- If on the other hand, a logophoric pronoun/long-distance reflexive and subjunctive mood are deployed, it indicates that the speaker does not take the responsibility for the truth of the report.
- In English, such verbs have largely replaced the subjunctive mood, and three kinds of modality can be distinguished for them.
- French also has the option (which exists also, but very marginally, in English) of the embedded clause appearing in the subjunctive mood.
- Because I have been using English naturally for the best part of sixty years I have stopped thinking about the construction of sentences (gerunds, subjunctives, conjunctions and prepositions, and all that).
- Milton's speech here is full of subjunctives and conditionals which reinforce the dream's and the muse's role of masking the direct activity of the speaker.
- Again, as in the case of muncho, haiga, the present subjunctive of the verb haber, is also an archaism still found in many dialects of Spanish.
... if I were you; the report recommends that he face the tribunal; it is important that they be aware of the provisions of the act. These examples all contain a verb in the subjunctive mood. The subjunctive is used to express situations that are hypothetical or not yet realized and is typically used for what is imagined, hoped for, demanded, or expected. In English, the subjunctive mood is fairly uncommon (especially in comparison with other languages, such as Spanish), mainly because most of the functions of the subjunctive are covered by modal verbs such as might, could, and should. In fact, in English, the subjunctive is often indistinguishable from the ordinary indicative mood since its form in most contexts is identical. It is distinctive only in the third person singular, where the normal indicative -s ending is absent ( he face rather than he faces in the example above), and in the verb ‘to be’ ( I were rather than I was, and they be rather than they are in the examples above). In modern English, the subjunctive mood still exists but is regarded in many contexts as optional. Use of the subjunctive tends to convey a more formal tone, but there are few people who would regard its absence as actually wrong. Today, it survives mostly in fixed expressions, as in be that as it may; far be it from me; as it were; lest we forget; God help you; perish the thought; and come what may.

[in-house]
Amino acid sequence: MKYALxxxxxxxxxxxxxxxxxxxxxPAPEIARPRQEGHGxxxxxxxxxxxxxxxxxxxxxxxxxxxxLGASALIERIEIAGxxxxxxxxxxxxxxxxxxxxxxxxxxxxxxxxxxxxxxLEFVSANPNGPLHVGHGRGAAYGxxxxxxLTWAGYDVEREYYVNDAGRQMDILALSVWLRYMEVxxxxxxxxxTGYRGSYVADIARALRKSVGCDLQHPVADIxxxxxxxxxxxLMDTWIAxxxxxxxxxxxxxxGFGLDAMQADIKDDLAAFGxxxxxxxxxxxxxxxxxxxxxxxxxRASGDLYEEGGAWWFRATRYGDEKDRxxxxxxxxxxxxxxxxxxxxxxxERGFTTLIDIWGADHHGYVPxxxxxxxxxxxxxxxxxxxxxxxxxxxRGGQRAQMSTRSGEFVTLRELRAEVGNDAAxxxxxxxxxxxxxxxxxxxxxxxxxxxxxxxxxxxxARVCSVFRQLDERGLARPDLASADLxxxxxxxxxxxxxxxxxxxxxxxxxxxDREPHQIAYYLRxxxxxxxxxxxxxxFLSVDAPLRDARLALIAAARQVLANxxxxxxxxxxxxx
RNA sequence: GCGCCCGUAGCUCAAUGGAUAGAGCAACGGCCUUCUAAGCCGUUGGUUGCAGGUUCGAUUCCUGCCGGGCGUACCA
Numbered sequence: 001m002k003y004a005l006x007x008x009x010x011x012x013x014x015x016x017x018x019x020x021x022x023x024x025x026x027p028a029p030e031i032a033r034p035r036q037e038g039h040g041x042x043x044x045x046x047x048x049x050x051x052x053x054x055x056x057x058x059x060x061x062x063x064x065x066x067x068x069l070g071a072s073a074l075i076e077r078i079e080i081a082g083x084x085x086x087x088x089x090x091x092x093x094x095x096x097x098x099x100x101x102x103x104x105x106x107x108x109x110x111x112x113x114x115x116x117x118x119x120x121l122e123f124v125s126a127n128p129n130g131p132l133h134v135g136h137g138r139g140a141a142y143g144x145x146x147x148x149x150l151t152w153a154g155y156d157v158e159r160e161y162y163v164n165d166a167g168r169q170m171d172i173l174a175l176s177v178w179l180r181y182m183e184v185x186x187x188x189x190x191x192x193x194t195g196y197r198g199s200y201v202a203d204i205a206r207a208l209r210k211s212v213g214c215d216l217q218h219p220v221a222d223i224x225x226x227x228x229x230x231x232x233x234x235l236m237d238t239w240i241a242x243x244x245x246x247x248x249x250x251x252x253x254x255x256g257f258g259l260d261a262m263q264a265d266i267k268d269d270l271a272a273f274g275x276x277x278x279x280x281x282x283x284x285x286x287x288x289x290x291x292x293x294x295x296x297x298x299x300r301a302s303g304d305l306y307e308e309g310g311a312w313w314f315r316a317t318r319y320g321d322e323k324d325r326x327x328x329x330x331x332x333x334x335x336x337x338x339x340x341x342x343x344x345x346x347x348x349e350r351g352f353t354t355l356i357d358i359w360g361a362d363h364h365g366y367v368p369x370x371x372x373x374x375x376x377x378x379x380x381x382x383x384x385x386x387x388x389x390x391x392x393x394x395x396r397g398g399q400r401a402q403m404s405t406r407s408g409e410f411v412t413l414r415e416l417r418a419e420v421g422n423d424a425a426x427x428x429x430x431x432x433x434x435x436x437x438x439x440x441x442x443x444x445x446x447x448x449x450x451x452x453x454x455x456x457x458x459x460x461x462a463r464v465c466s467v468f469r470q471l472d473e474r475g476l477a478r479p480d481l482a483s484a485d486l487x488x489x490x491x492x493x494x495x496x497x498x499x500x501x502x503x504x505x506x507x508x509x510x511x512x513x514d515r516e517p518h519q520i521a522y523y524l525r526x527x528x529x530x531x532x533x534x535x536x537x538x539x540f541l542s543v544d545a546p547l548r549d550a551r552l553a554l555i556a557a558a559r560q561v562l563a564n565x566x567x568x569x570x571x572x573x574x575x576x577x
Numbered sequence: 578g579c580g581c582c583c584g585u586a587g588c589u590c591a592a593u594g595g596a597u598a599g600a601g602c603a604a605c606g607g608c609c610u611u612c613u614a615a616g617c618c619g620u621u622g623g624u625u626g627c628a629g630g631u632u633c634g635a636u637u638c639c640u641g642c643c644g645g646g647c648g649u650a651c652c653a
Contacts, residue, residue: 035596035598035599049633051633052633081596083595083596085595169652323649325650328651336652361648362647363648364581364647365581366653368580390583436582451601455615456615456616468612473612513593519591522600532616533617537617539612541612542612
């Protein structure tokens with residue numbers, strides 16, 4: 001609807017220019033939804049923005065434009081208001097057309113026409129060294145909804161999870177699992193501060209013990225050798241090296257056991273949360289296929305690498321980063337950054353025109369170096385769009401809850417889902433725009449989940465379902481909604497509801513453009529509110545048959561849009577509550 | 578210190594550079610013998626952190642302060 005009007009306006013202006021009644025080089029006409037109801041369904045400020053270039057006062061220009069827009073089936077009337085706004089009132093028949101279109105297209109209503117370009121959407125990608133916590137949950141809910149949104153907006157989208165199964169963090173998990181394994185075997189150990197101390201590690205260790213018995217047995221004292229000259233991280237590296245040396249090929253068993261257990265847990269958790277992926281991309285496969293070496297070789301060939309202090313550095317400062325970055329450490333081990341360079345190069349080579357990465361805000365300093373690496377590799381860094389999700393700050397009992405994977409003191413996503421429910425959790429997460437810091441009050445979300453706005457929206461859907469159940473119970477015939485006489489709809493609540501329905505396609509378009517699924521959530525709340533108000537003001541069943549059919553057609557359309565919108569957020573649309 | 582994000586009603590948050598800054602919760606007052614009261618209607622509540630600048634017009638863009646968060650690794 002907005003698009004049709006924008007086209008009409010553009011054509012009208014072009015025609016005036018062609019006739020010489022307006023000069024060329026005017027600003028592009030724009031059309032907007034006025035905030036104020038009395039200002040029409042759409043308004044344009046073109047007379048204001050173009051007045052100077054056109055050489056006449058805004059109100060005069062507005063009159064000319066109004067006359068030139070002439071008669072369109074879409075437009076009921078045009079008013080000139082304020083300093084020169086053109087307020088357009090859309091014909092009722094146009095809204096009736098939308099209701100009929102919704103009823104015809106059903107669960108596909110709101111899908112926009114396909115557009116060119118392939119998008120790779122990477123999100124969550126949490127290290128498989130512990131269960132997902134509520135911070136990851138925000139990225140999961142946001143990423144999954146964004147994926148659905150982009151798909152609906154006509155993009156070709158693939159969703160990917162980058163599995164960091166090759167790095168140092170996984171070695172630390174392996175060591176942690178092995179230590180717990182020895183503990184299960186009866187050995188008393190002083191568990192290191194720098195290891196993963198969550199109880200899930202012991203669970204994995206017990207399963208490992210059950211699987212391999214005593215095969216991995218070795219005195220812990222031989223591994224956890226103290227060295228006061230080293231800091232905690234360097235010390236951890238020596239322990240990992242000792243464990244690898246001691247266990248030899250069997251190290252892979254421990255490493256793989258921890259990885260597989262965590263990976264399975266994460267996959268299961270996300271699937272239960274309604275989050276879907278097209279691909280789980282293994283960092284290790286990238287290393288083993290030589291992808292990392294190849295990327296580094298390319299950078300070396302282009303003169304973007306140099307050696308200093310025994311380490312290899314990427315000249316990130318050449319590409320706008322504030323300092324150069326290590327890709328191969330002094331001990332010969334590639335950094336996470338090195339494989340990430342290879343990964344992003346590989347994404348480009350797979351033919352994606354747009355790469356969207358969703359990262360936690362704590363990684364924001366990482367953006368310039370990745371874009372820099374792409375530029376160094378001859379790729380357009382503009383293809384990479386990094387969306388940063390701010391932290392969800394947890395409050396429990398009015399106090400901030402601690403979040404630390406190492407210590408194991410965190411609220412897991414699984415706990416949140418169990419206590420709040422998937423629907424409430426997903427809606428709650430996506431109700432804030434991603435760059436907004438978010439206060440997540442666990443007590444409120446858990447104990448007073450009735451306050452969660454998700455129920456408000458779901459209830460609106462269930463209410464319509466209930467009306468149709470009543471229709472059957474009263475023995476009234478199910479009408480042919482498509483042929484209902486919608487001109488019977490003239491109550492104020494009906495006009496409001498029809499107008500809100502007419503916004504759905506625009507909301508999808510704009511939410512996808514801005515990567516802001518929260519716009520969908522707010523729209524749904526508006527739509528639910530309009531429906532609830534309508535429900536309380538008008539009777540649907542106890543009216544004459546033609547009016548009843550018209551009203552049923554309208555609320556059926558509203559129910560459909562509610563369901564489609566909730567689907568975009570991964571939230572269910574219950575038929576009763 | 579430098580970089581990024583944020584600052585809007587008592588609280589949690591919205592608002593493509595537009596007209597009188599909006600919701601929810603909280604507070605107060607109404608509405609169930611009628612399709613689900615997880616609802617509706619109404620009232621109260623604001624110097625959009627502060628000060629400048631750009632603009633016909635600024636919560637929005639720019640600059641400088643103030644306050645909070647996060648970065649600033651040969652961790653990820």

- Example sentences
- Not all of the implicit narratives incorporated subjunctively within the text are quite so coherent or so ruthless in their ill fated logic as Violet's private narrative of her relationship with Henry.
- At other times, it is less easy to be sure quite to what extent the narrator's words should be read subjunctively.
Mid 16th century: from French subjonctif, -ive or late Latin subjunctivus, from subjungere (see subjoin), rendering Greek hupotaktikos 'subjoined'.
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